What happened

Following the announcement of a merger agreement, shares of LifePoint Health (NASDAQ:LPNT), an owner and operator of healthcare facilities in 22 states, rose 33% as of 10:35 a.m. EDT on Monday.

So what

LifePoint Health has announced that it's merging with RCCH HealthCare Partners. RCCH is a healthcare facility operator owned by the private equity giant Apollo Global Management.

Two people in business attire shaking hands

Image source: Getty Images.

Here are the details of the transaction:

  • LifePoint shareholders will receive $65 per share in cash. That values the company at $5.6 billion, including debt, and represents a 36% premium over Friday's closing price.
  • The new entity will be called LifePoint Health.
  • Current CEO William Carpenter III will continue to run the combined business.
  • The deal is expected to close "over the course of the next several months."
  • LifePoint's board of directors have unanimously approved the transaction.
  • LifePoint can continue to shop itself around until Aug. 22, 2018.

Here's the commentary that Carpenter offered investors:

LifePoint and RCCH are aligned in our missions and commitment to ensuring that non-urban communities across the country have access to quality care, close to home. Together, we can extend this shared focus while generating new opportunities for growth and partnerships that will help us navigate the changing healthcare industry dynamics. I am eager to work with the outstanding teams at LifePoint and RCCH as we continue advancing high quality patient care and Making Communities Healthier.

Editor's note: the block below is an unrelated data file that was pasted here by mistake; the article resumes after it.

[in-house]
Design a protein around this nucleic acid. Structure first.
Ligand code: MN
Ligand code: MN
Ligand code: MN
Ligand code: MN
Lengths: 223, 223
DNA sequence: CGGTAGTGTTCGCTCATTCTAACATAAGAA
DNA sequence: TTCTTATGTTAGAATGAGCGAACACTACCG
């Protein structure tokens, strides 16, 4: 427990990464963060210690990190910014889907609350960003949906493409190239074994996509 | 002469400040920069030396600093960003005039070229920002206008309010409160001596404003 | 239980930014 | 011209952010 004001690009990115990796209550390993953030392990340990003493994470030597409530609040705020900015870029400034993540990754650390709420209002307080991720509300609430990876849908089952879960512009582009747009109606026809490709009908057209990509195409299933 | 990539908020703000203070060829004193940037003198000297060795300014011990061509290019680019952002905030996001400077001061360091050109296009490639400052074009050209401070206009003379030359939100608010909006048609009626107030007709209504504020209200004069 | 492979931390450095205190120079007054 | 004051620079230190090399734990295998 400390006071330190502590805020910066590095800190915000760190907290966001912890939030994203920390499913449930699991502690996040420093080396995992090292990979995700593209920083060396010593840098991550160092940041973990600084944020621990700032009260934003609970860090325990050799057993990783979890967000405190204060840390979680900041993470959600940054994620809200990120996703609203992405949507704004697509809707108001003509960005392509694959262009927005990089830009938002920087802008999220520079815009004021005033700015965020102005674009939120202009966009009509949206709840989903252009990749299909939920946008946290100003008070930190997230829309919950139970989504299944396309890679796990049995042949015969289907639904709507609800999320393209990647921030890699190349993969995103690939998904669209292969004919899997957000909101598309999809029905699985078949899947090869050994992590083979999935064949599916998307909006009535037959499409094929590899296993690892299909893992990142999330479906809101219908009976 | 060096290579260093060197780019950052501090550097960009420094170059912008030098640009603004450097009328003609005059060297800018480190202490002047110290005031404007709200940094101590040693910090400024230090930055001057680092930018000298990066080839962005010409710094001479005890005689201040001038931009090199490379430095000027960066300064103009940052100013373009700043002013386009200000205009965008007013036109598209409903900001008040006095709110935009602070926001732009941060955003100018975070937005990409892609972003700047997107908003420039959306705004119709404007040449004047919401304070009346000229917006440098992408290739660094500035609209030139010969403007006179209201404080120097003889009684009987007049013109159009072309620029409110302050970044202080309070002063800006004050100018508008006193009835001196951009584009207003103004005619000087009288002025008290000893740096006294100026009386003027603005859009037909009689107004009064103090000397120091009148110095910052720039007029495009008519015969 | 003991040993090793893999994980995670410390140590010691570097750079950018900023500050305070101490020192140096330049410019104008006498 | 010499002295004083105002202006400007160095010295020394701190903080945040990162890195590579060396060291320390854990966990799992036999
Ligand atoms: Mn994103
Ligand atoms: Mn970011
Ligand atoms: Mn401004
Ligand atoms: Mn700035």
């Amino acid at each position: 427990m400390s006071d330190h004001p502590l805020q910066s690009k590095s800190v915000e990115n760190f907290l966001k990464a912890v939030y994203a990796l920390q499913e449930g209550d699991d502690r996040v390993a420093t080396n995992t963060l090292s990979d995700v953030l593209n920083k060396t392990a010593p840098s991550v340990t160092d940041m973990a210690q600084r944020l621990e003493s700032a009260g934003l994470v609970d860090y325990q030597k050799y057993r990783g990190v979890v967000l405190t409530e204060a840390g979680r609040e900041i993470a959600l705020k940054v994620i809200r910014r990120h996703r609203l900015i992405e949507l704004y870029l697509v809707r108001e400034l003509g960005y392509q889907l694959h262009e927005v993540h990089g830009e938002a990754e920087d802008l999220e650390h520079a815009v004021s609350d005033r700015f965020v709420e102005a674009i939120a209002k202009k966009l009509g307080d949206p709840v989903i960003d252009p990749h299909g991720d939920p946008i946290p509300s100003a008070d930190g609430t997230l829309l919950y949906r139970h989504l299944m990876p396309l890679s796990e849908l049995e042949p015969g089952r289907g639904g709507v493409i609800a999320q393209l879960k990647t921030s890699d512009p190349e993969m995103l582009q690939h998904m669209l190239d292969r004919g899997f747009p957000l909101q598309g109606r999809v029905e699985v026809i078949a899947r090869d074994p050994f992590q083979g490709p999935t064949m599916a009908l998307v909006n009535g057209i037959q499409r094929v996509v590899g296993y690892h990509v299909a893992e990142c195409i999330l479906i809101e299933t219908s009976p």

Given the news, it is easy to understand why shares are soaring today.

Now what

This looks to be a done deal since LifePoint's board has already unanimously approved the transaction. In addition, Apollo has already lined up the financing it needs to fund the deal, and it certainly has the financial strength to follow through.

Still, the company does have 30 days to find another potential buyer. While the odds of that happening are probably low, it might make sense for current shareholders to hang on until then, just in case a better offer emerges.